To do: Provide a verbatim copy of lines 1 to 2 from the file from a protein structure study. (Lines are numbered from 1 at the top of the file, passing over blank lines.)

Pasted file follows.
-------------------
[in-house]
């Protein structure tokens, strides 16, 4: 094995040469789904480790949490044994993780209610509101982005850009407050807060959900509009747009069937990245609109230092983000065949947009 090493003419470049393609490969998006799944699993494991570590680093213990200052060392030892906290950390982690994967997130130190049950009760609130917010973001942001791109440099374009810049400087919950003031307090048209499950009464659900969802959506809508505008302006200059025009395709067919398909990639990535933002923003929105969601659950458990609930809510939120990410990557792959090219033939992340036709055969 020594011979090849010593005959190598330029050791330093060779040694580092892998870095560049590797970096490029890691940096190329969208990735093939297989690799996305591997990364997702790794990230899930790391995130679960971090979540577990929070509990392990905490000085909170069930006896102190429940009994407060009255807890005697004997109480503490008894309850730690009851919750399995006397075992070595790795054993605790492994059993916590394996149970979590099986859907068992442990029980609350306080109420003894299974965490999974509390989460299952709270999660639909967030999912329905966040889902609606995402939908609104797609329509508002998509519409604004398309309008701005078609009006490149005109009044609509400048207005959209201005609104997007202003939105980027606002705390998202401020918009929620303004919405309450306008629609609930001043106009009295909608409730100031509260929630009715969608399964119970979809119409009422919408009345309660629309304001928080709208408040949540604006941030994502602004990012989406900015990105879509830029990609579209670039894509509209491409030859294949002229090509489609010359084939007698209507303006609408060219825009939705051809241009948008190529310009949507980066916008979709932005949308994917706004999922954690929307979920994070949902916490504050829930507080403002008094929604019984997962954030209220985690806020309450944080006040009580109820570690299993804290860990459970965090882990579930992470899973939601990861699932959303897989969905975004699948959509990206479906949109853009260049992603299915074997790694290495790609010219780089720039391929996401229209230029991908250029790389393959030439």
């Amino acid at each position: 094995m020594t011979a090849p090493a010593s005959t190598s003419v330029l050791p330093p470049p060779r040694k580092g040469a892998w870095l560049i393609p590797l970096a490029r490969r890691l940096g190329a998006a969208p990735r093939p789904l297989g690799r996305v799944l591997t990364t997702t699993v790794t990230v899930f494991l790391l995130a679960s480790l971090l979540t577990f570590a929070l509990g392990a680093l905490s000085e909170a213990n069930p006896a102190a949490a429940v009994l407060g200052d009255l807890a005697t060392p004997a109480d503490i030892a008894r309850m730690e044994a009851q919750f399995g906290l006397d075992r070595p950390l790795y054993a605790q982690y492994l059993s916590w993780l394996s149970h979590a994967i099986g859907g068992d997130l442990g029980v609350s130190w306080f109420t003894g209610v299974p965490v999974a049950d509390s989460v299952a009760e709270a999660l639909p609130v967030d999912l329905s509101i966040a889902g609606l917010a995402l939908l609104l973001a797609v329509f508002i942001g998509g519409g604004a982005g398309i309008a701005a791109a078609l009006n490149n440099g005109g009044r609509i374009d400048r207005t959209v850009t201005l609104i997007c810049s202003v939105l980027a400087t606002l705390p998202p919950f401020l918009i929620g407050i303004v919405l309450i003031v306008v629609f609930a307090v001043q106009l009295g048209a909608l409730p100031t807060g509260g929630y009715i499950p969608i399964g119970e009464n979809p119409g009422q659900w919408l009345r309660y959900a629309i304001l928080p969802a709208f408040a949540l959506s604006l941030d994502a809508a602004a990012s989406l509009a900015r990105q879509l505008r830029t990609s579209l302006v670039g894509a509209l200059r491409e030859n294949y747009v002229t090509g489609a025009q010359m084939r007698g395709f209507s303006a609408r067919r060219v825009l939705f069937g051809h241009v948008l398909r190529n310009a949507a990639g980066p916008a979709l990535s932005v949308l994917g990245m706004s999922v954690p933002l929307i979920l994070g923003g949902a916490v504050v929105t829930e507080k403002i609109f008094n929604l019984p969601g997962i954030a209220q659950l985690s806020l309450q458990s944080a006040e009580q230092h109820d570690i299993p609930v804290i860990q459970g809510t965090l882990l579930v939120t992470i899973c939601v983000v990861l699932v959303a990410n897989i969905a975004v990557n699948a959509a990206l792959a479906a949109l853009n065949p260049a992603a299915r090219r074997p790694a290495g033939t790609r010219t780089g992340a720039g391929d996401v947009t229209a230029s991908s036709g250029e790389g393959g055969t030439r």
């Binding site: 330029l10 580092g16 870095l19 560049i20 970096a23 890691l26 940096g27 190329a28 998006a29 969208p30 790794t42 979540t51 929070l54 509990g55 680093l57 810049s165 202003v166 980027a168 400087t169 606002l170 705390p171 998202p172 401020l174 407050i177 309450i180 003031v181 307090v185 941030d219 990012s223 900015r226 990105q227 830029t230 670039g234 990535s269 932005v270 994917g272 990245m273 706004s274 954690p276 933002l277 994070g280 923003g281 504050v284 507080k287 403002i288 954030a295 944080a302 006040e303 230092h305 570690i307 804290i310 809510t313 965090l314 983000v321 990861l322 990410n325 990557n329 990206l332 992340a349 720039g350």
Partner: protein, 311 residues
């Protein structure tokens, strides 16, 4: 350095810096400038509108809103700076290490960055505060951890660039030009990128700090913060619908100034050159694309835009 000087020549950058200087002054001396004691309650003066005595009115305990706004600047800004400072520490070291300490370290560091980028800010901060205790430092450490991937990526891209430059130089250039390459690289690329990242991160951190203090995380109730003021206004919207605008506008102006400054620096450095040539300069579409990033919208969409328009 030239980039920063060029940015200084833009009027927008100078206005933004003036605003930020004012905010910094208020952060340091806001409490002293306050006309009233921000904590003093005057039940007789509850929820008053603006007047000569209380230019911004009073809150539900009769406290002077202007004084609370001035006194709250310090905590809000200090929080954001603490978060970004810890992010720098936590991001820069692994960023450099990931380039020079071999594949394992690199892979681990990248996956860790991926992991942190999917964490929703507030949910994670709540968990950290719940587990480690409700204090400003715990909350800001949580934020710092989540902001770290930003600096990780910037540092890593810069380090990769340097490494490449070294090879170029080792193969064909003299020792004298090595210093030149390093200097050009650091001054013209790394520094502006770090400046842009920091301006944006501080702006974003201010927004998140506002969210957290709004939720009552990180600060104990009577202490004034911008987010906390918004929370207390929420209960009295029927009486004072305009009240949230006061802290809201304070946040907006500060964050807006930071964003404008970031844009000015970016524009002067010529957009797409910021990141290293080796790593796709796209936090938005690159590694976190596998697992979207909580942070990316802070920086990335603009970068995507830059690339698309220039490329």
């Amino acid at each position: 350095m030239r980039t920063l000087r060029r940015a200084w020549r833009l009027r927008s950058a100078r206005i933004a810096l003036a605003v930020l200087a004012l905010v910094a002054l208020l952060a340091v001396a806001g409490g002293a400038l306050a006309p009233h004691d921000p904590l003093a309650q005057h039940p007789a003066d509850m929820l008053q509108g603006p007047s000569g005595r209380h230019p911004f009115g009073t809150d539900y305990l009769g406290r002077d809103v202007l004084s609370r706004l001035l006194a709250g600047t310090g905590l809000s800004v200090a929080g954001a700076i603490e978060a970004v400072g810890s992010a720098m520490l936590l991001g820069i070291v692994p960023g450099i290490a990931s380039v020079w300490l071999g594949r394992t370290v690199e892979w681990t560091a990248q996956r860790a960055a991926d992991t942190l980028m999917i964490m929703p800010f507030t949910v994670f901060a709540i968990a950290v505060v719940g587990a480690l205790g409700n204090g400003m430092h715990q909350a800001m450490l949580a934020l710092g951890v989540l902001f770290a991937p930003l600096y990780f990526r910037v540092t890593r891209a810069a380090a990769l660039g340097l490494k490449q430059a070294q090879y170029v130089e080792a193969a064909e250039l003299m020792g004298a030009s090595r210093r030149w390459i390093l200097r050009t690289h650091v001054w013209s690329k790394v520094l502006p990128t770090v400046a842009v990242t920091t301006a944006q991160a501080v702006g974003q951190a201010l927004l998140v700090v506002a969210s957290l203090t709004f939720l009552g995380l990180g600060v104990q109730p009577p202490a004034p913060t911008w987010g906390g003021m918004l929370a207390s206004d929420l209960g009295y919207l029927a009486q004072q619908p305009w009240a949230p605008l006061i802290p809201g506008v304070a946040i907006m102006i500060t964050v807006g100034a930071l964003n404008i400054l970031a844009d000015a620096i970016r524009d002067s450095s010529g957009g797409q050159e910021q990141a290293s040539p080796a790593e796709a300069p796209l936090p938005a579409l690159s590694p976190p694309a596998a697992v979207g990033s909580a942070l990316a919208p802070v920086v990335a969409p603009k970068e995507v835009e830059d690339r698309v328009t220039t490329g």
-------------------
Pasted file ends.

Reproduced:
[in-house]
């Protein structure tokens, strides 16, 4: 094995040469789904480790949490044994993780209610509101982005850009407050807060959900509009747009069937990245609109230092983000065949947009 090493003419470049393609490969998006799944699993494991570590680093213990200052060392030892906290950390982690994967997130130190049950009760609130917010973001942001791109440099374009810049400087919950003031307090048209499950009464659900969802959506809508505008302006200059025009395709067919398909990639990535933002923003929105969601659950458990609930809510939120990410990557792959090219033939992340036709055969 020594011979090849010593005959190598330029050791330093060779040694580092892998870095560049590797970096490029890691940096190329969208990735093939297989690799996305591997990364997702790794990230899930790391995130679960971090979540577990929070509990392990905490000085909170069930006896102190429940009994407060009255807890005697004997109480503490008894309850730690009851919750399995006397075992070595790795054993605790492994059993916590394996149970979590099986859907068992442990029980609350306080109420003894299974965490999974509390989460299952709270999660639909967030999912329905966040889902609606995402939908609104797609329509508002998509519409604004398309309008701005078609009006490149005109009044609509400048207005959209201005609104997007202003939105980027606002705390998202401020918009929620303004919405309450306008629609609930001043106009009295909608409730100031509260929630009715969608399964119970979809119409009422919408009345309660629309304001928080709208408040949540604006941030994502602004990012989406900015990105879509830029990609579209670039894509509209491409030859294949002229090509489609010359084939007698209507303006609408060219825009939705051809241009948008190529310009949507980066916008979709932005949308994917706004999922954690929307979920994070949902916490504050829930507080403002008094929604019984997962954030209220985690806020309450944080006040009580109820570690299993804290860990459970965090882990579930992470899973939601990861699932959303897989969905975004699948959509990206479906949109853009260049992603299915074997790694290495790609010219780089720039391929996401229209230029991908250029790389393959030439």